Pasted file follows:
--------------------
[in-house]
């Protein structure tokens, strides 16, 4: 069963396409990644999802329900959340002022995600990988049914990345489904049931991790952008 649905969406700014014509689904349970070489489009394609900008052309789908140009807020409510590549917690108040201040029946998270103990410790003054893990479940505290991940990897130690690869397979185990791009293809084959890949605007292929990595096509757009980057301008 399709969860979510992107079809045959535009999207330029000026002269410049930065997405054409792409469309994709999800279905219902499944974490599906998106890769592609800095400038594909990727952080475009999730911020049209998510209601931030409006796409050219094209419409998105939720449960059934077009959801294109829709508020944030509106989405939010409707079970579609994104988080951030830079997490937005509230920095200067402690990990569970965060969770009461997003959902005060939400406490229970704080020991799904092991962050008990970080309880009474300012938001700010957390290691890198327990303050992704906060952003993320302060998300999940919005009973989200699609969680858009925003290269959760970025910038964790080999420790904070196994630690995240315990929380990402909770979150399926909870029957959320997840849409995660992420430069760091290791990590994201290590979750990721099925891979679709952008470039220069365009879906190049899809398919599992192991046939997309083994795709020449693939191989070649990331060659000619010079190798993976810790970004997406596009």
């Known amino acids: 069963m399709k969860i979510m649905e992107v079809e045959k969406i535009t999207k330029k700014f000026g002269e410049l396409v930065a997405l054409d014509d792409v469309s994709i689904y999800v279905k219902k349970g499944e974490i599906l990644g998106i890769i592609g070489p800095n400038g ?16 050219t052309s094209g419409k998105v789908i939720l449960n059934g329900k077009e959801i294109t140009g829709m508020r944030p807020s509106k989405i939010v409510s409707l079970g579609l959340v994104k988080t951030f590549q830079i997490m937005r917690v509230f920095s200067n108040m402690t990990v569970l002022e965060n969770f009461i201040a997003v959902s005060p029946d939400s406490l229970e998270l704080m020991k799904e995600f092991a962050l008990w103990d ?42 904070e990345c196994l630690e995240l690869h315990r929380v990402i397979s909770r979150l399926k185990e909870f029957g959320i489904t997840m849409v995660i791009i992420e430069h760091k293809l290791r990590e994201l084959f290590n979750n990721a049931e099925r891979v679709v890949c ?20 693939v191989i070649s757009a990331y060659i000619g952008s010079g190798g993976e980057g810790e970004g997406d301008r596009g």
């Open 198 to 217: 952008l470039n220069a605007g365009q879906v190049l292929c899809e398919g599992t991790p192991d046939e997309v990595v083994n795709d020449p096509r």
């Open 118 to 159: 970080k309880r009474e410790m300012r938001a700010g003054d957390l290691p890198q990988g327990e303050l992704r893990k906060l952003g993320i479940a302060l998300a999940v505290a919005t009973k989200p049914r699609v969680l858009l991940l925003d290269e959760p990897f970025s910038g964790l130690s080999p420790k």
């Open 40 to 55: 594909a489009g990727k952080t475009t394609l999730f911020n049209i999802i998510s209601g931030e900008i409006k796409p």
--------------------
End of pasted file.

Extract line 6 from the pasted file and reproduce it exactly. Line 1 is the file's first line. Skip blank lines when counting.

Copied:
């Open 40 to 55: 594909a489009g990727k952080t475009t394609l999730f911020n049209i999802i998510s209601g931030e900008i409006k796409p």